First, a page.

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Wednesday's papers: Thoughts on terror, mass murder trial, drinks in the grocery, digging the past, and Koivisto funeral plans

Again on Wednesday, developments in the UK in the wake of the Manchester attack were high on the agenda of the Finnish newspaper press. However, there was plenty of room for items including evergreens such as alcohol policy and this summer's planned archeological digs.

Daily newspapers.
Image: E.D.Hawkins / Yle

Most of the nation's main newspapers continued detailed coverage of developments following Monday night's bombing in Manchester, England.

Helsingin Sanomat (siirryt toiseen palveluun) also has an essay by foreign desk reporter Heikki Aittokoski entitled, "Resentment is the keyword of our age, and repeated terror attacks can test Europe even more".

Aittokoski presents a review of the centuries-long history of terrorism in Europe and the rash of political assassinations in the late 19th and early 20th century. He also takes up the concept of resentment as a motivating factor in terrorism.

He says that radical Islamic terrorists would also surely prefer to assassinate heads of state. However, their security arrangements these days are so extensive that murderers strike where they can: a concert in Manchester, a shopping street in Stockholm, a Christmas market in Berlin, the metro in St. Petersburg, cafes in Paris.

These are all soft targets, part of daily life, where the hurt is the greatest.

Aittokoski argues that Europe has moved into an age of repeated terror attacks and we do not know how long it will last. If the spiral of terror just goes on and on, it is easy to predict that the pressure for tough measures will grow. That will mean even more armed guards, more security checks, more surveillance, more raids on flimsy grounds.

He wraps up this piece by pointing to the long-term impact terrorism may have, "If this happens, liberal democracy will no longer be so liberal, so believing in freedoms, so open-minded. Security and freedom cannot be maximized at the same time, so finding a balance will turn out to be really hard."

Twin mass murder trial

The Tampere-based _Aamulehti (siirryt toiseen palveluun)_reports that the Pirkanmaa District Court will hand down a verdict today in the trial of Iraqi twin brothers accused of taking part in a massacre in Tikrit, Iraq in 2014.

The prosecution's charges say that one or the other of the brothers, who came to Finland as asylum seekers, shot and killed at least 11 people in the Camp Speicher massacre in which ISIS forces slaughtered over 1500 unarmed Shia Iraqi Air Force cadets.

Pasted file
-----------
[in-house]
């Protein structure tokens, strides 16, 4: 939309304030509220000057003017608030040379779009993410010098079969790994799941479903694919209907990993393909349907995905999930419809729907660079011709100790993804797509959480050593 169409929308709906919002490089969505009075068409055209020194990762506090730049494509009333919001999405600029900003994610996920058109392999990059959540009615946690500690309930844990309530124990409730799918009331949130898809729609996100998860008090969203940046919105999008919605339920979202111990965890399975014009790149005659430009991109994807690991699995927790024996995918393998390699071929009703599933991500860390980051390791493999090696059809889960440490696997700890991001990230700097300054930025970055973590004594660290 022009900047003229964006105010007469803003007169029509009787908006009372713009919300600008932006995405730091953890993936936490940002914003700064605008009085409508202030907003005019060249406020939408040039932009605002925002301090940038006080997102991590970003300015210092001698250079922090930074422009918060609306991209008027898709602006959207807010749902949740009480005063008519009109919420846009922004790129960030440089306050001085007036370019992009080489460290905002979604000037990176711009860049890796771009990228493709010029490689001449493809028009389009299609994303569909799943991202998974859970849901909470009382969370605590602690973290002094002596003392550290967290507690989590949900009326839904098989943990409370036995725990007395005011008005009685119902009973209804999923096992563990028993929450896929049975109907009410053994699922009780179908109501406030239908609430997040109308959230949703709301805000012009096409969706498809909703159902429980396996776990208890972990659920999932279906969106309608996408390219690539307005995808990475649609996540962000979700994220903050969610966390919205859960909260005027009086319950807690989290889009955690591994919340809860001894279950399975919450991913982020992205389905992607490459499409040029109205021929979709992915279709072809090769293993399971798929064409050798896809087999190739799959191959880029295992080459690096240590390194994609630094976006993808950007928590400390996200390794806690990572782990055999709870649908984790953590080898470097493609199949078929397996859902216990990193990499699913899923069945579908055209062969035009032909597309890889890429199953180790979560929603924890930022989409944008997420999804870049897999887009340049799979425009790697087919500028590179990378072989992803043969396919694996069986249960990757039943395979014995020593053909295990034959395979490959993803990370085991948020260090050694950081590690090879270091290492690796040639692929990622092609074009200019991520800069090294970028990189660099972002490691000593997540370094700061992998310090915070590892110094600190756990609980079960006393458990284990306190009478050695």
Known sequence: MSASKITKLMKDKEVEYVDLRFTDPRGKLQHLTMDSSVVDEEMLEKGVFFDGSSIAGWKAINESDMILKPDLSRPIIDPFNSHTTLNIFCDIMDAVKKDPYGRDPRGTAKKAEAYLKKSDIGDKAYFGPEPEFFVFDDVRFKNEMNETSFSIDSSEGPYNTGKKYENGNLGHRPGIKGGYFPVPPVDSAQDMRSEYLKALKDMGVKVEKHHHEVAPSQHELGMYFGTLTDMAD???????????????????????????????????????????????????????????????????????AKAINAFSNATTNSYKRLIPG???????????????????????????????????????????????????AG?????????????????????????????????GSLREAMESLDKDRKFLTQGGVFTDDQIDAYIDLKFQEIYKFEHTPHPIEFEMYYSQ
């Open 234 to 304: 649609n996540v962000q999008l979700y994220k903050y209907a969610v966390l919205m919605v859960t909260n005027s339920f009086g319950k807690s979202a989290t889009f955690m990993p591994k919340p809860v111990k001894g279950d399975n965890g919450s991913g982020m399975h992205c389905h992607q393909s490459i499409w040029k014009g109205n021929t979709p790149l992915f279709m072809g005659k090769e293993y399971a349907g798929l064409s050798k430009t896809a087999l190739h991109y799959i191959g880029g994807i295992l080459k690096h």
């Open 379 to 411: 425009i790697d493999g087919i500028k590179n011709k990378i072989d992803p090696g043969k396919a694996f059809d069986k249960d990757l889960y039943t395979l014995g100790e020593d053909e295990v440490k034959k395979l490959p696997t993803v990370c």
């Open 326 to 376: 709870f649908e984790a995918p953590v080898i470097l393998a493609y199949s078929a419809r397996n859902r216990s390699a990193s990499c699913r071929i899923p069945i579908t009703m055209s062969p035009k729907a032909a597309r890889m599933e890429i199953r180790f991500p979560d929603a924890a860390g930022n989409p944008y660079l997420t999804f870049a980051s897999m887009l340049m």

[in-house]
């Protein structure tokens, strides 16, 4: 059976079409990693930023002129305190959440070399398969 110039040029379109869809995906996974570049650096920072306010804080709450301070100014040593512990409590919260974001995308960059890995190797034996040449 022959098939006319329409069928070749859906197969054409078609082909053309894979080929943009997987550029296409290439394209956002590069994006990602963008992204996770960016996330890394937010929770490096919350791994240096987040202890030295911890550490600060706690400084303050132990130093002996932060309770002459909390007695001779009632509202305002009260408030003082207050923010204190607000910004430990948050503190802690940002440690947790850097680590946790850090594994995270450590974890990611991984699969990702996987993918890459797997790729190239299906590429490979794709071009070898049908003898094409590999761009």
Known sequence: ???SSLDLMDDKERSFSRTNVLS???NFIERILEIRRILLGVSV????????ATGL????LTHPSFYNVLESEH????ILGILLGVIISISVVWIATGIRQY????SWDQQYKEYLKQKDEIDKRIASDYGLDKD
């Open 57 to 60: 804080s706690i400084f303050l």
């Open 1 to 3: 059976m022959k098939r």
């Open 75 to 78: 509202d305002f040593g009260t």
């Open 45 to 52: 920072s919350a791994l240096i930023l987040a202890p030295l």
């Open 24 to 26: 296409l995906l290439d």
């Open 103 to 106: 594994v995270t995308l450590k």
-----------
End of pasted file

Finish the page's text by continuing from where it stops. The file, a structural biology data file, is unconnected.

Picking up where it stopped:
The charges are for terrorism with the intent of committing murder, aggravated war crime by murder and aggravated assault with the intent of terror.

A life sentence is being sought for the shooter and 12 years in prison for the other as an accessory.

The case has been problematic because the accused are twins and almost identical in appearance. If neither is found guilty of the murder charges, both, says the prosecutor, should serve time for accessory to murder.

To sell or not to sell

Oulu's Kaleva (siirryt toiseen palveluun) today published the results of a survey by the Uutissuomalainen newspaper group on a subject that never fails to interest the media and the public - should grocery stores be given the right to stock and sell strong beers, strong ciders and higher-alcohol content ready-mixed drinks?

The Uutissuomalainen poll of 1000 adults found a slight majority, 51 percent, do not believe that a more liberal sales policy would increase alcohol consumption in the country. Forty-one percent said they think it would, while 7 percent had no opinion on the subject.

The survey found a clear relationship between attitudes on more liberal alcohol policy and political party support. A large majority of Centre Party voters believe that sales of stronger drinks in supermarkets would boost consumption. The least concerned were Finns Party voters.

Public dig

According to Turun Sanomat (siirryt toiseen palveluun), the public this summer will have the chance to take part in an archeological excavation of a medieval convent right in the middle of the city of Turku.

The dig will be launched this month with test trenches in the courtyard of the Aboa Vetus & Ars Nova museum. As of July, members of the public will be able to get down in the dirt with the professionals.

The project is aimed at promoting archeological research in Turku and to expand interest in the field. The museum wants to create an open research platform, drawing in non-professionals with an interest in the city's cultural heritage, and to explore whether or not members of the public can provide their own expertise.

Thursday's state funeral

The freesheet Metro (siirryt toiseen palveluun) today carries a short item with some details of Thursday's state funeral for former President Mauno Koivisto at Helsinki's Lutheran Cathedral.

The paper says that up to 10,000 people are expected to gather in the Senate Square and along the route to Hietaniemi Cemetery.

Traffic in the city centre will be rerouted and a number of streets, Snellmanninkatu, Vironkatu, Meritullinkatu and Hietaniemenkatu will be closed between 2PM and 4PM. Parking is already temporarily banned on those streets.

The funeral service begins at 1PM.

A police spokesman quoted by Metro said that good sites for the public to gather to watch the funeral procession would the steps of the cathedral, along Pohjoisesplanadi or near the Mannerheim statue on Mannerheimintie.

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